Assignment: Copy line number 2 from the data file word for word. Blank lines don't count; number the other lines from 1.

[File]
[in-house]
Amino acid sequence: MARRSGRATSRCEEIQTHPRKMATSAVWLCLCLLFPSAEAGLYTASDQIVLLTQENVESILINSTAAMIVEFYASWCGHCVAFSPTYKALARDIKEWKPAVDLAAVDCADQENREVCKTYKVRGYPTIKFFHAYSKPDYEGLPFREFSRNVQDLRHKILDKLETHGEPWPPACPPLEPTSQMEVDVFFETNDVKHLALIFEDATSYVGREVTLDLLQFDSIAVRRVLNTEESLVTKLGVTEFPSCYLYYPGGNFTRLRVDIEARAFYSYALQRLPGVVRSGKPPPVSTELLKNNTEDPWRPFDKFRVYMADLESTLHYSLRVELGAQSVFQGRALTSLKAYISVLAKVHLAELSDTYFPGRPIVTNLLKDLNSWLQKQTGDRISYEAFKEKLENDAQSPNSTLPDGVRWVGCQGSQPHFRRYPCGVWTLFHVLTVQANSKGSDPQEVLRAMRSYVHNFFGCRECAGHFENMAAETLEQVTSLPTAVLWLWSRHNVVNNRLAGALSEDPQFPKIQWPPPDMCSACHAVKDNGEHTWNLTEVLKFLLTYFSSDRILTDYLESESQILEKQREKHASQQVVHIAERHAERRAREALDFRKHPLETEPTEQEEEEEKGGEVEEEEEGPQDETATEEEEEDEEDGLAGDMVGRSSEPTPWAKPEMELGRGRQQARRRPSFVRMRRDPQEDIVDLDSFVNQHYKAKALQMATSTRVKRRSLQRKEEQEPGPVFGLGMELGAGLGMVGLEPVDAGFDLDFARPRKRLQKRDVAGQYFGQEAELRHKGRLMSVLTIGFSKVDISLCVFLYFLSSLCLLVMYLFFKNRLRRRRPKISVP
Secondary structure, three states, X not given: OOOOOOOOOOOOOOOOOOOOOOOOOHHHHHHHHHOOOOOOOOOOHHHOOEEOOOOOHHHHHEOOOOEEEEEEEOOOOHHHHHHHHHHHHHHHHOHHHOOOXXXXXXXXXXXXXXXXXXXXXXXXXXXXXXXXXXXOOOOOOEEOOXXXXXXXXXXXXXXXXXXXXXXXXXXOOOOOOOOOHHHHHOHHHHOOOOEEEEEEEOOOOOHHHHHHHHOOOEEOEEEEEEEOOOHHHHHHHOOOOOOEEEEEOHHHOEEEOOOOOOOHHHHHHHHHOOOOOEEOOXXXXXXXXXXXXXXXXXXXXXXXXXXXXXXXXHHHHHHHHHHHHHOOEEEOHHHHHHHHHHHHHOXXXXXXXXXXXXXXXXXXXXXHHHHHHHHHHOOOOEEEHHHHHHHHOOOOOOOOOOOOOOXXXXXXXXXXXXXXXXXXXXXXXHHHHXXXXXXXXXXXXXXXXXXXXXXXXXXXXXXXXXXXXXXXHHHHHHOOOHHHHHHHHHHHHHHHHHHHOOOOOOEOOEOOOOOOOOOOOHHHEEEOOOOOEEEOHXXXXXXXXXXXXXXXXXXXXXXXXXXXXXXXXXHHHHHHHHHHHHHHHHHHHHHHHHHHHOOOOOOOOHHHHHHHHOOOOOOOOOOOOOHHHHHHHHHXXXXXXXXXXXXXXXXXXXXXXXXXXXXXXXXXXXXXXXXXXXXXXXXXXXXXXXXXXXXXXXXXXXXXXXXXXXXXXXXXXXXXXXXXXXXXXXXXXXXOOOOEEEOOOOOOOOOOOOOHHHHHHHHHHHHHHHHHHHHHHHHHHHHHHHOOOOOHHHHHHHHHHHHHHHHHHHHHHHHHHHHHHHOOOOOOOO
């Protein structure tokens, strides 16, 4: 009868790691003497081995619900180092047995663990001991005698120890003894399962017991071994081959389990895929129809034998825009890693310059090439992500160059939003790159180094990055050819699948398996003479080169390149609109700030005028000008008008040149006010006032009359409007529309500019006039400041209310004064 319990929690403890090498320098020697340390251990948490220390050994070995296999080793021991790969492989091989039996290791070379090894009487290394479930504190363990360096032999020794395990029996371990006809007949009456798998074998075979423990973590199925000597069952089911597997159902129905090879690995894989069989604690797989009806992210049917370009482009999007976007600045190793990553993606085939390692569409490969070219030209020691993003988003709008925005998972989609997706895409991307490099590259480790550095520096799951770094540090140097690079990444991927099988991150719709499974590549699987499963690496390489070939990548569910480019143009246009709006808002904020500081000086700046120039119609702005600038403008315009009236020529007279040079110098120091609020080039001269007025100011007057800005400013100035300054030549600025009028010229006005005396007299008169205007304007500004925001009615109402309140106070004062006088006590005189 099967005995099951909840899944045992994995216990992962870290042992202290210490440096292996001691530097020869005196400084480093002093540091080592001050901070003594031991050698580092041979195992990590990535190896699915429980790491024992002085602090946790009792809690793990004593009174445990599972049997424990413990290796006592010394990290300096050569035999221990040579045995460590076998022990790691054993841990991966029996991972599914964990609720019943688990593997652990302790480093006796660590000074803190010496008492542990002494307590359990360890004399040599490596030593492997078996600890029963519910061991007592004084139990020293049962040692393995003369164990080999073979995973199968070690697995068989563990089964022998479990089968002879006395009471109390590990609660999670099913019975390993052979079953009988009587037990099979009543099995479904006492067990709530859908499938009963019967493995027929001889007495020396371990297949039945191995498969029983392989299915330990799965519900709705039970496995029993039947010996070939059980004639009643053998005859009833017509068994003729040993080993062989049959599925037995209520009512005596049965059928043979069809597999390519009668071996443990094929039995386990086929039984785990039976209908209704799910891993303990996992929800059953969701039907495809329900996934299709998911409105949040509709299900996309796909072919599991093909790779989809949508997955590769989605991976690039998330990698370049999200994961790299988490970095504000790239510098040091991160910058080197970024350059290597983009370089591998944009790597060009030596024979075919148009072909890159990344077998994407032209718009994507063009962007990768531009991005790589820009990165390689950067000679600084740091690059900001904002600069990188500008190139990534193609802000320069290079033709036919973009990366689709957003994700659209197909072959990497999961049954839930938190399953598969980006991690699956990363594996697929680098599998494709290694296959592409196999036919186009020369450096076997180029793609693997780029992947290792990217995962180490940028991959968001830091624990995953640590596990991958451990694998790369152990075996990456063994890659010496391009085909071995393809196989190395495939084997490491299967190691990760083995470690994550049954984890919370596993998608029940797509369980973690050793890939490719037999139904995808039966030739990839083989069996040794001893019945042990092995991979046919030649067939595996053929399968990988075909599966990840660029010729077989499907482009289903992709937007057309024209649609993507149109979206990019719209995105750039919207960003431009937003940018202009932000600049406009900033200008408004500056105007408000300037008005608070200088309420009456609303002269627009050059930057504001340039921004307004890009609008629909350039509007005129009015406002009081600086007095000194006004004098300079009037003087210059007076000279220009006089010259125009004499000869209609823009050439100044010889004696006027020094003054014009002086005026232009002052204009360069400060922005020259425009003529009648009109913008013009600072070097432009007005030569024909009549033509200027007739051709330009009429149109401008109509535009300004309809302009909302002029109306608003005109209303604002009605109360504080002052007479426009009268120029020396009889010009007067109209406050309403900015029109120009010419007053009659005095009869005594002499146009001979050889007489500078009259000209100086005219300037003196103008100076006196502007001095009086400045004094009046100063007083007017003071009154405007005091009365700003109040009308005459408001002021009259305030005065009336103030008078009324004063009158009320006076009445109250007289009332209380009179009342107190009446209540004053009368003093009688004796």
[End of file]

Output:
Amino acid sequence: MARRSGRATSRCEEIQTHPRKMATSAVWLCLCLLFPSAEAGLYTASDQIVLLTQENVESILINSTAAMIVEFYASWCGHCVAFSPTYKALARDIKEWKPAVDLAAVDCADQENREVCKTYKVRGYPTIKFFHAYSKPDYEGLPFREFSRNVQDLRHKILDKLETHGEPWPPACPPLEPTSQMEVDVFFETNDVKHLALIFEDATSYVGREVTLDLLQFDSIAVRRVLNTEESLVTKLGVTEFPSCYLYYPGGNFTRLRVDIEARAFYSYALQRLPGVVRSGKPPPVSTELLKNNTEDPWRPFDKFRVYMADLESTLHYSLRVELGAQSVFQGRALTSLKAYISVLAKVHLAELSDTYFPGRPIVTNLLKDLNSWLQKQTGDRISYEAFKEKLENDAQSPNSTLPDGVRWVGCQGSQPHFRRYPCGVWTLFHVLTVQANSKGSDPQEVLRAMRSYVHNFFGCRECAGHFENMAAETLEQVTSLPTAVLWLWSRHNVVNNRLAGALSEDPQFPKIQWPPPDMCSACHAVKDNGEHTWNLTEVLKFLLTYFSSDRILTDYLESESQILEKQREKHASQQVVHIAERHAERRAREALDFRKHPLETEPTEQEEEEEKGGEVEEEEEGPQDETATEEEEEDEEDGLAGDMVGRSSEPTPWAKPEMELGRGRQQARRRPSFVRMRRDPQEDIVDLDSFVNQHYKAKALQMATSTRVKRRSLQRKEEQEPGPVFGLGMELGAGLGMVGLEPVDAGFDLDFARPRKRLQKRDVAGQYFGQEAELRHKGRLMSVLTIGFSKVDISLCVFLYFLSSLCLLVMYLFFKNRLRRRRPKISVP